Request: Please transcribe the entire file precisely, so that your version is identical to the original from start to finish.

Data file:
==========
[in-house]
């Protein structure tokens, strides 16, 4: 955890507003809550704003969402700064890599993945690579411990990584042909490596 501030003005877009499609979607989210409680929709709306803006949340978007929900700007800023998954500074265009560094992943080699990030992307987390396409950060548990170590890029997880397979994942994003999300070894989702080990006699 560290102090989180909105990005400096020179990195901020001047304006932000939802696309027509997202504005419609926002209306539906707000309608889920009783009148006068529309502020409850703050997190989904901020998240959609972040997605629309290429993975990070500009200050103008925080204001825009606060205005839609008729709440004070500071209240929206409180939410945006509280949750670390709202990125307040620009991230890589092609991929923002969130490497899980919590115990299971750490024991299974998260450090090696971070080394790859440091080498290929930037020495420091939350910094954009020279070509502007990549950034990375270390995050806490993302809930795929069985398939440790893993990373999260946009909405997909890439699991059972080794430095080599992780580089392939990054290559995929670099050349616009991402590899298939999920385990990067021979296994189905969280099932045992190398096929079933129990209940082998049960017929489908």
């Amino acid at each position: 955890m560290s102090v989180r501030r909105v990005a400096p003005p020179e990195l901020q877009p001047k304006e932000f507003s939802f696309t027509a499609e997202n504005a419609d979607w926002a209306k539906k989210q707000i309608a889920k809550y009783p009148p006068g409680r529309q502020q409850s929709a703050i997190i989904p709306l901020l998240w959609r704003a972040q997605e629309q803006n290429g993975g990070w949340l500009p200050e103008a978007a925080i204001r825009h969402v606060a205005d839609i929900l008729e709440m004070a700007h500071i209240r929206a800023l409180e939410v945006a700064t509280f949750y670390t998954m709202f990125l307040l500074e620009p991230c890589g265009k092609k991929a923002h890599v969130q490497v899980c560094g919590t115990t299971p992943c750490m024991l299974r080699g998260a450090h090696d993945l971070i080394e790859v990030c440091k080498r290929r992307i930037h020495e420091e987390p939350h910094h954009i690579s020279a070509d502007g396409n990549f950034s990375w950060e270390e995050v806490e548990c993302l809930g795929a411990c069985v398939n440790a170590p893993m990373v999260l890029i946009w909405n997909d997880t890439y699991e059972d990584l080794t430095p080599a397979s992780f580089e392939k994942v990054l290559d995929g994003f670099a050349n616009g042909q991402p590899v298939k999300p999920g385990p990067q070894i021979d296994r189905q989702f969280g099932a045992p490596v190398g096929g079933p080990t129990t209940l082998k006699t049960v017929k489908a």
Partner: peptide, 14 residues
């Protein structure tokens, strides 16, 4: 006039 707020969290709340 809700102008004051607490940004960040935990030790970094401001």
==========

[in-house]
């Protein structure tokens, strides 16, 4: 955890507003809550704003969402700064890599993945690579411990990584042909490596 501030003005877009499609979607989210409680929709709306803006949340978007929900700007800023998954500074265009560094992943080699990030992307987390396409950060548990170590890029997880397979994942994003999300070894989702080990006699 560290102090989180909105990005400096020179990195901020001047304006932000939802696309027509997202504005419609926002209306539906707000309608889920009783009148006068529309502020409850703050997190989904901020998240959609972040997605629309290429993975990070500009200050103008925080204001825009606060205005839609008729709440004070500071209240929206409180939410945006509280949750670390709202990125307040620009991230890589092609991929923002969130490497899980919590115990299971750490024991299974998260450090090696971070080394790859440091080498290929930037020495420091939350910094954009020279070509502007990549950034990375270390995050806490993302809930795929069985398939440790893993990373999260946009909405997909890439699991059972080794430095080599992780580089392939990054290559995929670099050349616009991402590899298939999920385990990067021979296994189905969280099932045992190398096929079933129990209940082998049960017929489908």
């Amino acid at each position: 955890m560290s102090v989180r501030r909105v990005a400096p003005p020179e990195l901020q877009p001047k304006e932000f507003s939802f696309t027509a499609e997202n504005a419609d979607w926002a209306k539906k989210q707000i309608a889920k809550y009783p009148p006068g409680r529309q502020q409850s929709a703050i997190i989904p709306l901020l998240w959609r704003a972040q997605e629309q803006n290429g993975g990070w949340l500009p200050e103008a978007a925080i204001r825009h969402v606060a205005d839609i929900l008729e709440m004070a700007h500071i209240r929206a800023l409180e939410v945006a700064t509280f949750y670390t998954m709202f990125l307040l500074e620009p991230c890589g265009k092609k991929a923002h890599v969130q490497v899980c560094g919590t115990t299971p992943c750490m024991l299974r080699g998260a450090h090696d993945l971070i080394e790859v990030c440091k080498r290929r992307i930037h020495e420091e987390p939350h910094h954009i690579s020279a070509d502007g396409n990549f950034s990375w950060e270390e995050v806490e548990c993302l809930g795929a411990c069985v398939n440790a170590p893993m990373v999260l890029i946009w909405n997909d997880t890439y699991e059972d990584l080794t430095p080599a397979s992780f580089e392939k994942v990054l290559d995929g994003f670099a050349n616009g042909q991402p590899v298939k999300p999920g385990p990067q070894i021979d296994r189905q989702f969280g099932a045992p490596v190398g096929g079933p080990t129990t209940l082998k006699t049960v017929k489908a």
Partner: peptide, 14 residues
């Protein structure tokens, strides 16, 4: 006039 707020969290709340 809700102008004051607490940004960040935990030790970094401001």